The recently published edition of the complete Shahnameh, translated by Dick Davis, Professor of Persian and Chair of the Department of Near Eastern Languages and Cultures at Ohio State University is the gold standard for English translation of this Persian classic.  Any interested reader or beginning collector needs to focus immediately on the Davis translation and also, perhaps, his 1992 study of Ferdowsi, Epic and Sedition:  The Case of Ferdowsi's Shahnameh, University of Arkansas Press.  But the real task at hand is acquiring his complete translation.
The acquisition of a first edition, first printing of the Davis translation from Mage Publications is not as easy as it may seem!  2010 marked the 1000th anniversary of Ferdowsi's classic and was celebrated with various events, especially in the Eastern USA, with notable exhibits at the Museum of Fine Arts, Boston, The Freer Sackler in Washington DC (until April 17, 2011), The Houghton Library at Harvard University and the Fogg Museum at Harvard University all creating demand for the Davis translation. 
Twelve copies of The Lion and The Throne:  Stories from the Shahnameh of Ferdowsi, Volume 1, by Abolqasem Ferdowsi, translated by Dick Davis, including an essay on illustrating a Shahnameh by Stuart Cary Welch, Mage Publications, Washington D. C., 1998 are listed for sale from $51 to $102 plus shipping.  This first edition may have actually been published in 1997 by the Persian Heritage Foundation and distributed by Eisenbrauns and is listed as out of print suggesting that Mage took over the project at that time.  The cover displayed for the 1997 and 1998 editions are the same and remains the cover used in the 2005 New Revised Second Edition published by Mage.  I am contacting Mage and the Persian Heritage Foundation to try and get the back story but until I get more information this remains a minor book collecting mystery!  Please note that if you are actually interested in acquiring the Revised Second Edition, the link is to Amazon.com and the bibliographic listing suggests it is the 1998 edition but it is indeed the 2005 edition.  Luckily, there is little ambiguity with the next 2 volumes.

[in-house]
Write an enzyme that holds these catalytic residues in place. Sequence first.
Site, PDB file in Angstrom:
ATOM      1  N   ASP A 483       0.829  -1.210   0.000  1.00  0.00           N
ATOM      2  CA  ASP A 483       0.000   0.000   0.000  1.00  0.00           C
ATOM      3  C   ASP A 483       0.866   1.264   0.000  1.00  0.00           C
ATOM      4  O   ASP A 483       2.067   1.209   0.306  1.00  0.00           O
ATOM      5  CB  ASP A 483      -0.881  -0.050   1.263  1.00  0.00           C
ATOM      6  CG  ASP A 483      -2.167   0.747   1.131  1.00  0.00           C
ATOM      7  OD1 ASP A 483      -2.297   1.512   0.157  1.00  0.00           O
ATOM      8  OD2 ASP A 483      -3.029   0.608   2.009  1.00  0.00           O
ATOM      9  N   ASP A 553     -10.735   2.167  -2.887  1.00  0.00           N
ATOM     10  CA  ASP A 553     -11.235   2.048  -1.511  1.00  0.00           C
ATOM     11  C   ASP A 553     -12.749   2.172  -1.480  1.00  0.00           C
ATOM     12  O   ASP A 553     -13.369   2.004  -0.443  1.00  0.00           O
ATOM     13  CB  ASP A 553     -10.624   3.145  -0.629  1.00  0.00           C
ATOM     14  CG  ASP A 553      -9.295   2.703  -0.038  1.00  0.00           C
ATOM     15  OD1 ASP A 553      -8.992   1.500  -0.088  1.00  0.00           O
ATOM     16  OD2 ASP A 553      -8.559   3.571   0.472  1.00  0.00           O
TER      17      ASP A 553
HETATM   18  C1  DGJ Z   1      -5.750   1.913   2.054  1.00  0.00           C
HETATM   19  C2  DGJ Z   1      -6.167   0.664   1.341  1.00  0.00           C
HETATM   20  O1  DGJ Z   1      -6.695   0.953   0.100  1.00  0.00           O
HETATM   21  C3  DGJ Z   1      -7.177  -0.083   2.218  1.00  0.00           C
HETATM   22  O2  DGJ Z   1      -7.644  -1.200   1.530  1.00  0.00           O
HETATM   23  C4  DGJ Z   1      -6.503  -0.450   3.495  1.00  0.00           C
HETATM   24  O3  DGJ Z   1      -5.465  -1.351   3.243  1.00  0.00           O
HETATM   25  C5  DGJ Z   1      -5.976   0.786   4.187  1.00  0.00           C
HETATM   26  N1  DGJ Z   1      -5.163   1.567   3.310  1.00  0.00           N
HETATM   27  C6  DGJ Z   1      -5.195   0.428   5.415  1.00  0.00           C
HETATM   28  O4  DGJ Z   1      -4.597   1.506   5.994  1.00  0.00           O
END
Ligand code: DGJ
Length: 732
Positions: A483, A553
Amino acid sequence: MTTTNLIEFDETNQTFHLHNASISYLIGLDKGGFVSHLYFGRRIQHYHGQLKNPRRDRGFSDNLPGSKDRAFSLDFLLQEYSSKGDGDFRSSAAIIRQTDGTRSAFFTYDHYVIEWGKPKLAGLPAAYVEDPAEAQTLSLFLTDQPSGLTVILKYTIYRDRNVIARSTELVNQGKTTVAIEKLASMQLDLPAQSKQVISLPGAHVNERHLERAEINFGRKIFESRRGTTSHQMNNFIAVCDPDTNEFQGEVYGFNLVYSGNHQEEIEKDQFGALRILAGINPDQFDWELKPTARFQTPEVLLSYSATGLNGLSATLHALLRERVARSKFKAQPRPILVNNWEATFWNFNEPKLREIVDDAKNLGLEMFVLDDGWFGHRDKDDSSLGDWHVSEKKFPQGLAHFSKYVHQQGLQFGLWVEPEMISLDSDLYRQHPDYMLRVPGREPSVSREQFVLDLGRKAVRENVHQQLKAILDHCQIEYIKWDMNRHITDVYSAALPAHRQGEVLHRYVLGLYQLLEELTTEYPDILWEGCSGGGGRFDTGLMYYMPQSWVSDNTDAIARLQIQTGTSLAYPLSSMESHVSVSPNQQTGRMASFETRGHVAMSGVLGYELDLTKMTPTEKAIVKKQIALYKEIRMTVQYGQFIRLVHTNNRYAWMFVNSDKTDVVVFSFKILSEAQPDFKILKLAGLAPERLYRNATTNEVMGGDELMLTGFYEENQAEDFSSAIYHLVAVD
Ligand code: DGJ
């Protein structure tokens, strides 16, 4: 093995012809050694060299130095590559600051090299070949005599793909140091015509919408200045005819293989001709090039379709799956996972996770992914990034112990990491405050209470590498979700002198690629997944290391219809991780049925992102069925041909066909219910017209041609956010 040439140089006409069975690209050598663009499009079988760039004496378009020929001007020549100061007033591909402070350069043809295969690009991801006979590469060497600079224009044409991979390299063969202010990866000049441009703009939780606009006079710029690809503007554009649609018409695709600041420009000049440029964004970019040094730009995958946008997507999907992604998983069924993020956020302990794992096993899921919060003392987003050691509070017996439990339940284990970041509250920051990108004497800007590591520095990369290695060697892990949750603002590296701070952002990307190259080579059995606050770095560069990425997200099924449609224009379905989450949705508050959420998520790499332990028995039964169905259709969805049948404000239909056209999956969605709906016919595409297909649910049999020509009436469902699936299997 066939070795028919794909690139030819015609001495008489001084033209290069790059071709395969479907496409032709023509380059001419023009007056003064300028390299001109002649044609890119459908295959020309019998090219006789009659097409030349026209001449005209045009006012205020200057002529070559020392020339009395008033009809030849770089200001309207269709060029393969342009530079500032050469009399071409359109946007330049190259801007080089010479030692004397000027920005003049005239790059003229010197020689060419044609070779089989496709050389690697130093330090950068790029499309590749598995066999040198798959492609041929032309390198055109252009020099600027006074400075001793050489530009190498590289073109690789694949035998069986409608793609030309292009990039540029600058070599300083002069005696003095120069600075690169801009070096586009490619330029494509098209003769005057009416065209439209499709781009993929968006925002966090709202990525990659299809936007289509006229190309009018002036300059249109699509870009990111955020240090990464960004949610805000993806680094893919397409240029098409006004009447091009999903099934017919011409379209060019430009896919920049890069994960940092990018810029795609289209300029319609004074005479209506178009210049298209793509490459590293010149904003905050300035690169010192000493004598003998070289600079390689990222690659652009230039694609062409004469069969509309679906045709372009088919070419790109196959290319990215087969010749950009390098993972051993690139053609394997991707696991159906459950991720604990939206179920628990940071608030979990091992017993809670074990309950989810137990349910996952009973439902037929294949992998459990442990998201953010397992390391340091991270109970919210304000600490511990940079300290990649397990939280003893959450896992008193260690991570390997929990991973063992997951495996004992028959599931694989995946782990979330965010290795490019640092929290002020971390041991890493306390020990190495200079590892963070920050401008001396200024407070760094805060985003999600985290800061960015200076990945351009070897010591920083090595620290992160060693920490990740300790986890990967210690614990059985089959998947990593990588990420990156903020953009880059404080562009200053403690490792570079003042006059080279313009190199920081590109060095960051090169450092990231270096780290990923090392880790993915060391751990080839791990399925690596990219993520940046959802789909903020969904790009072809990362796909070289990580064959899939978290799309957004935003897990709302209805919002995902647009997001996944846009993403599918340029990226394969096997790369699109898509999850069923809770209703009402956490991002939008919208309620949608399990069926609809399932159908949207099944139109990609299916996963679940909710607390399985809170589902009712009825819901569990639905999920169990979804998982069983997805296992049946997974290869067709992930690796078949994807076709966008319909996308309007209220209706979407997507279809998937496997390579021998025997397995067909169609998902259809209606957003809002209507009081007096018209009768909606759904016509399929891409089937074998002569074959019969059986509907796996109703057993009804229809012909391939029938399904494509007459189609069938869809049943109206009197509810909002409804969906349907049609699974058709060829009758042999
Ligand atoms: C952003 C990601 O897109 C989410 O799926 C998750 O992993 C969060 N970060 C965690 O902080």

Eight copies of Fathers and Sons:  Stories from the Shahnameh of Ferdowsi, Volume II, Mage Publishers, Washington DC, 2000 are available from $50 to $125 plus shipping.  This is the only published edition of this translation. 
Eight copies of Sunset of Empire:  Stories from the Shahnameh of Ferdowsi, Volume III, Mage Publishers, Washington DC, 2003 are available from $103 to $183.
To make collecting more interesting, Mage Publishers released a limited (300 copy) edition box set collection of the three volumes in 2009.  Buying directly from Mage would cost $395 and from the rare books market 5 copies of the limited edition are available priced from $382 to $774!  Such pricing gives reason to pause and consider various possible meanings.
An additional version was published in one volume with minimal black and white illustrations. Shahnameh: The Persian Book of Kings, Abolqasem Ferdowsi, Translated by Dick Davis, Forward Azar Nafisi, Viking, 2006.  Clocking in at 886 pages it is a hefty book with various black and white illustrations and if you are able to hold the book and are not put off by the length, a good reading copy candidate!  This has been reprinted a few times but I really don't see the need to try and find a first printing of this edition.
There are many more opportunities to collect editions of The Shahnameh.  Since I've spent more time than planned just getting this introductory post completed I'm quitting for the day and tomorrow may return with a post on the comic book edition!  I'll also include more links to the history of Persia and The Shahnameh.